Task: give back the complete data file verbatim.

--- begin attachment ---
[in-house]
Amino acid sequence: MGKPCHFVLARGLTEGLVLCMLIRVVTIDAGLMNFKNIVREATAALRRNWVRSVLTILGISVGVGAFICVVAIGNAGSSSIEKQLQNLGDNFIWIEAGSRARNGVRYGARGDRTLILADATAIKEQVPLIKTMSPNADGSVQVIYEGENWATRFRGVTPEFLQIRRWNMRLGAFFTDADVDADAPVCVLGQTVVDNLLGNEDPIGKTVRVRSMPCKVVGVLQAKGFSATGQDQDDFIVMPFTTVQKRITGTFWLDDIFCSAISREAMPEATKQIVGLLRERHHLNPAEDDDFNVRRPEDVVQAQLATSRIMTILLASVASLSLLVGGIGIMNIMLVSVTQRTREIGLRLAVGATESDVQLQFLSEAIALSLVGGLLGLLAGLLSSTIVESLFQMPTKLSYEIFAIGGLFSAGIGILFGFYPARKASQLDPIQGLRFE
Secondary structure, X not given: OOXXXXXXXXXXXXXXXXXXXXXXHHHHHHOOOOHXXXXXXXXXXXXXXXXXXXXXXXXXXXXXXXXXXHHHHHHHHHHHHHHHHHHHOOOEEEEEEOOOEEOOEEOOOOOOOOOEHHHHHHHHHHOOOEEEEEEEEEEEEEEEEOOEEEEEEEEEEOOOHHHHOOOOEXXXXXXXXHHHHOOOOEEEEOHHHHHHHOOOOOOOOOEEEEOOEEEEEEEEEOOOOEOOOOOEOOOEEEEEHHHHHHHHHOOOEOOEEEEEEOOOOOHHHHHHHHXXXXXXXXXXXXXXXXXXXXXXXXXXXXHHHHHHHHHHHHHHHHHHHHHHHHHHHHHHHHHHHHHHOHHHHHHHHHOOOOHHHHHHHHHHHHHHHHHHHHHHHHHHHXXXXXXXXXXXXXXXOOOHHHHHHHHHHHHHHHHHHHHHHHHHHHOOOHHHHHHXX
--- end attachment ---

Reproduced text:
[in-house]
Amino acid sequence: MGKPCHFVLARGLTEGLVLCMLIRVVTIDAGLMNFKNIVREATAALRRNWVRSVLTILGISVGVGAFICVVAIGNAGSSSIEKQLQNLGDNFIWIEAGSRARNGVRYGARGDRTLILADATAIKEQVPLIKTMSPNADGSVQVIYEGENWATRFRGVTPEFLQIRRWNMRLGAFFTDADVDADAPVCVLGQTVVDNLLGNEDPIGKTVRVRSMPCKVVGVLQAKGFSATGQDQDDFIVMPFTTVQKRITGTFWLDDIFCSAISREAMPEATKQIVGLLRERHHLNPAEDDDFNVRRPEDVVQAQLATSRIMTILLASVASLSLLVGGIGIMNIMLVSVTQRTREIGLRLAVGATESDVQLQFLSEAIALSLVGGLLGLLAGLLSSTIVESLFQMPTKLSYEIFAIGGLFSAGIGILFGFYPARKASQLDPIQGLRFE
Secondary structure, X not given: OOXXXXXXXXXXXXXXXXXXXXXXHHHHHHOOOOHXXXXXXXXXXXXXXXXXXXXXXXXXXXXXXXXXXHHHHHHHHHHHHHHHHHHHOOOEEEEEEOOOEEOOEEOOOOOOOOOEHHHHHHHHHHOOOEEEEEEEEEEEEEEEEOOEEEEEEEEEEOOOHHHHOOOOEXXXXXXXXHHHHOOOOEEEEOHHHHHHHOOOOOOOOOEEEEOOEEEEEEEEEOOOOEOOOOOEOOOEEEEEHHHHHHHHHOOOEOOEEEEEEOOOOOHHHHHHHHXXXXXXXXXXXXXXXXXXXXXXXXXXXXHHHHHHHHHHHHHHHHHHHHHHHHHHHHHHHHHHHHHHOHHHHHHHHHOOOOHHHHHHHHHHHHHHHHHHHHHHHHHHHXXXXXXXXXXXXXXXOOOHHHHHHHHHHHHHHHHHHHHHHHHHHHOOOHHHHHHXX